Linux Kernel 5.3 RC8 releases

Linux Kernel

The Linux kernel is an open source monolithic Unix-like computer operating system kernel. The Linux family of operating systems is based on this kernel and deployed on both traditional computer systems such as personal computers and servers, usually in the form of Linux distributions, and on various embedded devices such as routers, wireless access points, PBXes, set-top boxes, FTA receivers, smart TVs, PVRs, and NAS appliances. The Android operating system for tablet computers, smartphones, and smartwatches uses services provided by the Linux kernel to implement its functionality. While the adoption on desktop computers is low, Linux-based operating systems dominate nearly every other segment of computing, from mobile devices to mainframes. As of November 2017, all of the world’s 500 most powerful supercomputers run Linux.

The Linux kernel was conceived and created in 1991 by Linus Torvalds for his personal computer and with no cross-platform intentions, but has since expanded to support a huge array of computer architectures, many more than other operating systems or kernels. Linux rapidly attracted developers and users who adopted it as the kernel for other free software projects, notably the GNU Operating System. The Linux kernel has received contributions from nearly 12,000 programmers from more than 1,200 companies, including some of the largest software and hardware vendors.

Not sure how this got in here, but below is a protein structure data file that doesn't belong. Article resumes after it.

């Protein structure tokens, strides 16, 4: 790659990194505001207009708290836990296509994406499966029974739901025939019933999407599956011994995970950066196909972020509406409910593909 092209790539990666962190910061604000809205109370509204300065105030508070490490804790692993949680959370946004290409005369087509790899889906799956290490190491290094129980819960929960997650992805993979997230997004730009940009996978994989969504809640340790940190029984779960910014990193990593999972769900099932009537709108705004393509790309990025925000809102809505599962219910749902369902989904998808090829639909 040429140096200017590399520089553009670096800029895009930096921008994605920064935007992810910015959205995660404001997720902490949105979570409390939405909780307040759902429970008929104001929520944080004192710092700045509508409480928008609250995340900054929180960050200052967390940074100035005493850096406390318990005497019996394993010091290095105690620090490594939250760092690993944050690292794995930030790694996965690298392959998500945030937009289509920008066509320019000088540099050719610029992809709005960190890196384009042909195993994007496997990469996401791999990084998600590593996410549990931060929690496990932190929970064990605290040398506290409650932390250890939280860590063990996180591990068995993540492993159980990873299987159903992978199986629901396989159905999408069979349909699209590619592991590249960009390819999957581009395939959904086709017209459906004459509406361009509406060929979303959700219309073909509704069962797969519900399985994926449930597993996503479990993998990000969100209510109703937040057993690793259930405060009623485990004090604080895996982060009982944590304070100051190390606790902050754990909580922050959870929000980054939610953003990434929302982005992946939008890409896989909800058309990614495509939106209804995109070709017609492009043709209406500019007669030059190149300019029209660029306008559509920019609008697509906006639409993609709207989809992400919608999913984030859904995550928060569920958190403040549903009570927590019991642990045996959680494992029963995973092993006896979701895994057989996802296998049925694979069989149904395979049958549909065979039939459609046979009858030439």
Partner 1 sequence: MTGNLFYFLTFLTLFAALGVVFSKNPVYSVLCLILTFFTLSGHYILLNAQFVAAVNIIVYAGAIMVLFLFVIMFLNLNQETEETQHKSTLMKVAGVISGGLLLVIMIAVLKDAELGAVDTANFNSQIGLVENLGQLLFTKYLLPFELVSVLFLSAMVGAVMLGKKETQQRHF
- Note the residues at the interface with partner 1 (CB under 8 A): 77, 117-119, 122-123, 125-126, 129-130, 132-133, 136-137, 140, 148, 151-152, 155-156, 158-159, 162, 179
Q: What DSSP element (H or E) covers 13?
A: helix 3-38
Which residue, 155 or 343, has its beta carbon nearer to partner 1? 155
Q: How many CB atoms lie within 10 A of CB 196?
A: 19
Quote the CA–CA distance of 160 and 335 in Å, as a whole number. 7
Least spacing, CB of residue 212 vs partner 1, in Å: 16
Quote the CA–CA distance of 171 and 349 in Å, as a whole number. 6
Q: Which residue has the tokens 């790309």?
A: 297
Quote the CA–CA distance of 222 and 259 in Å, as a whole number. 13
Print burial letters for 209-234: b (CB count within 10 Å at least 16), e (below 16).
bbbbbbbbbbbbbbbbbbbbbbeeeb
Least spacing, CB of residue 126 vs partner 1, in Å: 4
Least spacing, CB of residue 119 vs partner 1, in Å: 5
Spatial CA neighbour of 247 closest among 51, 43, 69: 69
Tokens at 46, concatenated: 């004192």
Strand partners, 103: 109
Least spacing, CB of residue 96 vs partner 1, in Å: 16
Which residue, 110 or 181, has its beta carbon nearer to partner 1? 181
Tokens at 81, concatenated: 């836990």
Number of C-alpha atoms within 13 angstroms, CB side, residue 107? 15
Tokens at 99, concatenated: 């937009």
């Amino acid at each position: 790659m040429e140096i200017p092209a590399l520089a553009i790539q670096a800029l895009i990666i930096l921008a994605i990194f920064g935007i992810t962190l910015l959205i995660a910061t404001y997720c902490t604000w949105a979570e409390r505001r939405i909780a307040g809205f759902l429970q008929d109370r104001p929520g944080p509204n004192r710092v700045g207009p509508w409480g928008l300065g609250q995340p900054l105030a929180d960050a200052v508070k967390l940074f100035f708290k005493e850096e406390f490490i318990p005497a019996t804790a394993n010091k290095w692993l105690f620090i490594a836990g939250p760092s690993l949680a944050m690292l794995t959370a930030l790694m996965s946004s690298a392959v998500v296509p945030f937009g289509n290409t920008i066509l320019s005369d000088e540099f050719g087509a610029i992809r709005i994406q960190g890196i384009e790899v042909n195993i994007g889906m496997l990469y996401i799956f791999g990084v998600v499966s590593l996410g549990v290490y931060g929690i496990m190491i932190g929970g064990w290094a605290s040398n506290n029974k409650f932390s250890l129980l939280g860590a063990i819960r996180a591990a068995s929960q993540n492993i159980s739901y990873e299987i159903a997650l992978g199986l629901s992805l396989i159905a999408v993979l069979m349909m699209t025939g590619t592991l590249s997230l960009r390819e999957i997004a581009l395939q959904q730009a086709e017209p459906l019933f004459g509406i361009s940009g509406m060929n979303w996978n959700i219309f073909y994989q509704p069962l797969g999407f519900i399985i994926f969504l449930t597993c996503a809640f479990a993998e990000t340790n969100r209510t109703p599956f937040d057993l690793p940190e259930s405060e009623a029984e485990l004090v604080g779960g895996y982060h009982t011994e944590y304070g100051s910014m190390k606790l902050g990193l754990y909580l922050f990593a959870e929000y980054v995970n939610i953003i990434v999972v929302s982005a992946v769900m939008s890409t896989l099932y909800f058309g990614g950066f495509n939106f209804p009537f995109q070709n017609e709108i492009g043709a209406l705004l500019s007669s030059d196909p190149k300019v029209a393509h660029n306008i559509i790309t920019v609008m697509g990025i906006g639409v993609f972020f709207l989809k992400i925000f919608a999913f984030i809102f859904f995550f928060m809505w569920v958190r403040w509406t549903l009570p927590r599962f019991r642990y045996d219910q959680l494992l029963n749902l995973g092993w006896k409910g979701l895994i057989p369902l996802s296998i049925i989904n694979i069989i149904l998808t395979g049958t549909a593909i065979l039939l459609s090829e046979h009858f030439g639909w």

Linux Kernel

Larry Ewing, Simon Budig and Anja Gerwinski [Public domain or Attribution], via Wikimedia Commons

Linux Kernel 5.3 RC8 released. This version only modifies some minor issues, mainly in the following areas:

So we probably didn't strictly need an rc8 this release, but with LPC
and the KS conference travel this upcoming week it just makes
everything easier.

And partly because of the extra week, we then had a few fixes that
maybe otherwise would have been delayed and marked for stable. The
most notable one (but hopefully not very noticeable) is fixing race
conditions in configfs. That won't affect very many people, with
configfs not all that widely used, but Christoph and Al both felt it
needed to be fixed.

Other than that, it really is a very small rc (and hopefully the final
week will be smaller still). In fact, the configfs fix along with a
vhost revert is about half of the patch. The rest is various small
things: a few sound fixes, some drm fixes, and a few other random
fixes. Even in the drm case, the selftest addition is bigger than the
core code patches.

The appended shortlog is short enough that it's easy enough to scroll
through if you are interested in the details.